“Northwest Missouri Horticulture” by Tim Baker, Extension Professional and Horticulture Specialist
One of the traditional foods seen on Thanksgiving tables every year is cranberries. These native North American fruits are grown in several of the northern states, especially Massachusetts, Wisconsin, New Jersey, Washington, and Oregon. Since most folks in Northwest Missouri are not familiar with the culture of this crop, I thought I would give you a little background about this interesting fruit.
Cranberries grow wild from the Carolinas to the maritime provinces of Canada. They were used by Native Americans, who called them sassamanash. They made cakes out of them that included dried meat, animal fat, and grains. This was called pemmican.
Cranberries are grown in bogs, where periodic flooding can be maintained by the grower. These bogs are often created with laser-leveling technology similar to that used around the Missouri Delta to level rice fields. To protect plants from winter injury, the bogs are flooded. When spring arrives, the bogs are drained, and the plants soon begin to flower. Bees are critical to insure good pollination.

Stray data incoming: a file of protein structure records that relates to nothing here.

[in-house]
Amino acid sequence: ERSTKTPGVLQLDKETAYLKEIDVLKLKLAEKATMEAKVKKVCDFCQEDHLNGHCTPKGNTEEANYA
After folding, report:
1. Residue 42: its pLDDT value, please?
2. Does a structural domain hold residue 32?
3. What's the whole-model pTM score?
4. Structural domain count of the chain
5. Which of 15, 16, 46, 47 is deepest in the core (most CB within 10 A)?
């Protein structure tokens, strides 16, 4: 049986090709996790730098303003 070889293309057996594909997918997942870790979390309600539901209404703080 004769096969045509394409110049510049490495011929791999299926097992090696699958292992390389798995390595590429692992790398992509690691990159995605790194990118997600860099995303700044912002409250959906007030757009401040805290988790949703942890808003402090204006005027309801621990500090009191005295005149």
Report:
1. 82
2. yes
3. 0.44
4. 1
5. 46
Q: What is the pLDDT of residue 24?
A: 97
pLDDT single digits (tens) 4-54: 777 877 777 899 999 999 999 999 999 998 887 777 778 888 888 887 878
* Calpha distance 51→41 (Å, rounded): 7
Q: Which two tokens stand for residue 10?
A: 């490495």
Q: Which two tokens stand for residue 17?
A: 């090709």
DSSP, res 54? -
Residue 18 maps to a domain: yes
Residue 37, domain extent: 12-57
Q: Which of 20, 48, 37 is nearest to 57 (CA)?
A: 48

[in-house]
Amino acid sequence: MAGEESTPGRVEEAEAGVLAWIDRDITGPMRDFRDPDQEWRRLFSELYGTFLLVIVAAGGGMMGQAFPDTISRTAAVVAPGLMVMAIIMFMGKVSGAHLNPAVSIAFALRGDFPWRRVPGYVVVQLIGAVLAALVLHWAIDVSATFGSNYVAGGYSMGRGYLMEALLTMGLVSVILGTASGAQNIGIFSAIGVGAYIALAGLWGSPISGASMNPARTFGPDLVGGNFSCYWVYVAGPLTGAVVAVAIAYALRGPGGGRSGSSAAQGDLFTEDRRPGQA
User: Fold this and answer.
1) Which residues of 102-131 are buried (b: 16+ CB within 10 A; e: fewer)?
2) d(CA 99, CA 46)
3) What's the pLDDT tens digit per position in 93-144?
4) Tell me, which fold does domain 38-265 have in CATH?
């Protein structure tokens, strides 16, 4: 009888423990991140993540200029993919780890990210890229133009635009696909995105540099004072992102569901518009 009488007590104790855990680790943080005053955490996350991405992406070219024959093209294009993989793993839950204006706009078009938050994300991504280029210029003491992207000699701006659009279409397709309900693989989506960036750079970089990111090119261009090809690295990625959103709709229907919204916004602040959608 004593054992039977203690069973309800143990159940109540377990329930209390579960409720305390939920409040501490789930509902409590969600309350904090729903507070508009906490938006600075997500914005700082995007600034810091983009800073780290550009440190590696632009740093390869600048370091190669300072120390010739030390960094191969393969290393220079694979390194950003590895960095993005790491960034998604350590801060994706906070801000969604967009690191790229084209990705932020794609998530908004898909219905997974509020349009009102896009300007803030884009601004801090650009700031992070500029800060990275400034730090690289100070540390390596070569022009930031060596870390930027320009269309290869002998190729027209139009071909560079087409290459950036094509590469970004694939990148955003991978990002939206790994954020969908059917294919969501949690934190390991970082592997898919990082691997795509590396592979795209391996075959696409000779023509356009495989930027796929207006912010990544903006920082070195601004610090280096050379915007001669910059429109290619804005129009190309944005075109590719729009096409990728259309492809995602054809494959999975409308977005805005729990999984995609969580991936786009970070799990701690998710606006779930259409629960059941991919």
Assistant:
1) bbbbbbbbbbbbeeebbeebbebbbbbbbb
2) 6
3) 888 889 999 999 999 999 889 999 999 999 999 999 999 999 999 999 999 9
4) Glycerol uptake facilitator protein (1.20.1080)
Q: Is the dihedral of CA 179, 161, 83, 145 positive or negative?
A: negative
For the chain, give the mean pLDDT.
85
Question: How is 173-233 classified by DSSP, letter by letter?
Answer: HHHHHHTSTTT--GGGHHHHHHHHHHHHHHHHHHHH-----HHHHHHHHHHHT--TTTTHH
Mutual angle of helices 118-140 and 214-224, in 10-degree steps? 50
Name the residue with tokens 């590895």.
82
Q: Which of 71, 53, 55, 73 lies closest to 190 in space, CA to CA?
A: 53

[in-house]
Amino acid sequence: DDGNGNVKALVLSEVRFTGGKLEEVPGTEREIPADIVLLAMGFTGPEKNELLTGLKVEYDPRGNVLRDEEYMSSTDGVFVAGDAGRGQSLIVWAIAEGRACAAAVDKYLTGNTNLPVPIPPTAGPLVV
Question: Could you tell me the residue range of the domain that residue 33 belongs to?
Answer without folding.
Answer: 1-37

Frosts in both the spring and fall can cause problems, so sprinkler systems are installed and used to insure a good crop. Irrigation is also used when needed.
At harvest, many growers flood their bogs. Water-reel harvesting machines are used to loosen the cranberries, which then float to the surface of the water. The fruits are then “corralled” into smaller areas, where conveyers can easily pick them up. Some growers harvest them dry and sell them as fresh fruit.
If all this doesn’t sound strange enough, there are two additional practices which make cranberry growing unique. One is mowing. They mow the plants in the spring. This stimulates the plants to produce vigorous upright shoots, which eventually provide more fruit. But in the year that they mow, there is no fruit harvested. The benefit of mowing doesn’t occur until the second year, when the fruit is harvested. Mowing also produces cuttings that can be used to establish new plantings.
The other unique practice is sanding. This is done every few years in the winter, after the bog is frozen solid. They drive trucks out onto the ice and spread a two-inch layer of sand. Next spring, when the ice melts, the sand falls to the bottom and covers the runners. This promotes better rooting of the runners, and better plant health.
Cranberries can be quite profitable for growers, and demand is increasing. But the type of land that is suitable for them is limited. In addition, they don’t do well in most of the mid and southern United States, because of disease pressure. So I doubt you’ll see them any time soon in Missouri.
But we can still enjoy them. Cranberry dressing, cranberry juice, and other products such as “craisins” are delicious. Craisins are dried cranberries which are used in breakfast cereals and fruit mixes. So enjoy this native American fruit this Thanksgiving.
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